Trying on federalism
There's a lot of talk about the Philippines adopting the federal system of government and from the way politicians in power tell it, the adoption of this form of government is a done deal. But, how well do the people, even the advocates in the ground level know about the intricacies of a federal system? We had been under a unitary system under the Spanish crown, the American colonizers, the Commonwealth and the Republic. Even the short-lived government of Emilio Aguinaldo was unitary.
A street random survey was conducted by a television station and the published interview shows that most have heard the word but don't know what it means. In several instances, in small gatherings, I also found that most do not understand how the federal system works.
This is good and bad. It is good for the advocates of federalism especially if they are politicians in power because their followers may just do the worst kind of thinking, “follow the leader.” On the other hand it can be bad if most people don't understand what it means that they will just vote against it to be on the safe side. In the long term, however, it all boils down to where the nation's leadership will bring us.
In 1788, General George Washington told the proponents of the federal form of government that after the Revolution their “work will merit the notice of posterity”. Will Washington's comment be heeded by our federalistas and work for a government that posterity will take notice of as great achievement? Or will the present proponents be damned as goaded by vested interests?
If the American Constitution framed by the Federalists survived for over 200 years with few amendments, why have we changed constitutions three times within 82 years and want to change again? The first Constitution remained the longest, from 1935-1973 or a period of 37 years.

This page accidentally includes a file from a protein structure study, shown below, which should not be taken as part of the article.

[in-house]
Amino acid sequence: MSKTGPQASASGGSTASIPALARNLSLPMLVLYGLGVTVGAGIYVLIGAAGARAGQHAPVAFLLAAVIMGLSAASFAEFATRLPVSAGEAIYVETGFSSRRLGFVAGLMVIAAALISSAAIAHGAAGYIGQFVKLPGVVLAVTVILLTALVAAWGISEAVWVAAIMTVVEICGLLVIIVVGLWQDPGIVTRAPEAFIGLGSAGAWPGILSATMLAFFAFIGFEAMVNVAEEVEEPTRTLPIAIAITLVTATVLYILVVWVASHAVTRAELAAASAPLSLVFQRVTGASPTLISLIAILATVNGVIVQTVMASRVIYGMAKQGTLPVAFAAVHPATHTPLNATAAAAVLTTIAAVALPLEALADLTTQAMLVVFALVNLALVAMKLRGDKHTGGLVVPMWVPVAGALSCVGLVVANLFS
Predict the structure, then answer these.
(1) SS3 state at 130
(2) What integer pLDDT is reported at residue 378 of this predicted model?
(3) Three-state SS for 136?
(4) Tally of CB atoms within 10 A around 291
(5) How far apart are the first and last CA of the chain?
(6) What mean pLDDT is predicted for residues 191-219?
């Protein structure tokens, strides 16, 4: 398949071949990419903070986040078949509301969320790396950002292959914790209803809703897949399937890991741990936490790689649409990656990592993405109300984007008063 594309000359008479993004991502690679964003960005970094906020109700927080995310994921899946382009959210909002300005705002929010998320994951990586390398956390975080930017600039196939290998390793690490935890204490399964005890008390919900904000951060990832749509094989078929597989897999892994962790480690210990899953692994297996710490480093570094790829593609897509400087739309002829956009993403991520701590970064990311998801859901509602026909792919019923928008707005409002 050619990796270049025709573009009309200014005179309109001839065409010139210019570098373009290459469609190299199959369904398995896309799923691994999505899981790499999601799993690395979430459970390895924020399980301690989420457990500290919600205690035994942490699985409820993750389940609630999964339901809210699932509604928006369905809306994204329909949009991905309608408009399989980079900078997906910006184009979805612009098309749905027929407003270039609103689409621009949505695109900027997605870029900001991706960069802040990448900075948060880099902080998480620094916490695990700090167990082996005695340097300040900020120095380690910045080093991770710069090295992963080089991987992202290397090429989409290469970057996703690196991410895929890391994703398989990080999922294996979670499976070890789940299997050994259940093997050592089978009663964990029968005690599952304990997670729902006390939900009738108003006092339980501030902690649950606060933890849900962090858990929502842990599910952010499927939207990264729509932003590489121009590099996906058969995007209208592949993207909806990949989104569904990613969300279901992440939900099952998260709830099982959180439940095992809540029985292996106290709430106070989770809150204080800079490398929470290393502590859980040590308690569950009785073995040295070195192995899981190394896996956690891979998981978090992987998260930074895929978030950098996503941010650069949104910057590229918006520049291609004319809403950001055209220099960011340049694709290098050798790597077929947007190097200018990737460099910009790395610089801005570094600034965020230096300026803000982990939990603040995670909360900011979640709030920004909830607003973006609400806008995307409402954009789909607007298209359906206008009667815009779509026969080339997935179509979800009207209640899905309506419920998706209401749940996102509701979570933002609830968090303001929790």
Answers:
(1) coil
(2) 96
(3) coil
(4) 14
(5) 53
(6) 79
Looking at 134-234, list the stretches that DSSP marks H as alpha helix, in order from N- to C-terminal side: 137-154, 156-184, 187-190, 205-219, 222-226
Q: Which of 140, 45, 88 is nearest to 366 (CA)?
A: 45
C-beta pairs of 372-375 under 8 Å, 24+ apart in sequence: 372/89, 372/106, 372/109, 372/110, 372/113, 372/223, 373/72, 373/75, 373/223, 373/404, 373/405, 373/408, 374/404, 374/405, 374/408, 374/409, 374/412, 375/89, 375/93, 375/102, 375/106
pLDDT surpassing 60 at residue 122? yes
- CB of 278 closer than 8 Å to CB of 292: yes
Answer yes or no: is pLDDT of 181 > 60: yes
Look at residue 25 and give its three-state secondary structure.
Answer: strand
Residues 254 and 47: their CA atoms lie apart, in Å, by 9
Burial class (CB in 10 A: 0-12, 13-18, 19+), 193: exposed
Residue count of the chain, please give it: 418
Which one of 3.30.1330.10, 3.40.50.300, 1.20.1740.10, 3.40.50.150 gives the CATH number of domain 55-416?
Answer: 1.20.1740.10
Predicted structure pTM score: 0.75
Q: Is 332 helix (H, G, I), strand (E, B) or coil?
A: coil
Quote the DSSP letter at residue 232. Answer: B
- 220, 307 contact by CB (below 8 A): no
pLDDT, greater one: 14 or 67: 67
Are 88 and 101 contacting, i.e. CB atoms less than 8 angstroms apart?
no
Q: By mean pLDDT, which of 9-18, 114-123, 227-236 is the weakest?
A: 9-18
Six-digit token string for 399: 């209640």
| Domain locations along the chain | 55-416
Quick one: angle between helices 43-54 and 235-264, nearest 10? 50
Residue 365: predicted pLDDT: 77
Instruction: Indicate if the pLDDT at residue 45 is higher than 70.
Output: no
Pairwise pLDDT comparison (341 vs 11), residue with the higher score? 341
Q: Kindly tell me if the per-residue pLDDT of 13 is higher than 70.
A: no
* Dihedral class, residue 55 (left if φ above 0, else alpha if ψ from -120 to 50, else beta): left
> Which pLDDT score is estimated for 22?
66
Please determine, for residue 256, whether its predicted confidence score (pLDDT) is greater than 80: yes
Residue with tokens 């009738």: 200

If we trace the reasons for the changes of our 1935 constitution, we will notice one thing: they serve the people in power, like Ferdinand Marcos for the first change. Cory Aquino discarded the Marcos constitution. Now it is President Duterte. The fear of most politicians of President Duterte made them sing in chorus as those who feared Aquino agreed to allow her to choose her own people to write her Constitution.
We still don't know what kind of federal government the politicians are talking about. Is it parliamentary or unitary? How independent will the so-called federated states be? Consider that from the beginning of the US federal government, the states were independent of each other, functioning as separate and distinct, with their own government, army, police, system of taxation and state constitution.
When the 13 states eventually adopted the federal system, they gave up only certain powers to the federal government. It is not the federal government that allocated to the states what the federal government wanted to give.
In our case the envisioned federal states would still be organized and their territories delineated. We have already regions but these are not independent entities and are dependent on the national government. If we adopt the federal system, we will do it in reverse of the US states. In our case we will receive only what the federal government will give in contrast to that of the US.
It is unlikely then that we will gain more independent powers if we federate. We will be creatures of the federal government, unlike the American states that created the federal government and therefore granted only limited powers to insure their independence. Can the creature demand more from what its creator extends?
Of course, there are numerous things to consider. The point is the need for massive information campaign because we plan to adopt a new kind of governance of which we have scant knowledge and no experience. But until now there is no such campaign and yet the government is talking of adopting the federal system within two years. The new system will require a constitutional amendment and so far nobody has said how we will amend the constitution.
The American system of federated states is only one in the world. There are other forms but usually the independent states federate but retain their prerogatives. Be careful because we are doing the reverse.*
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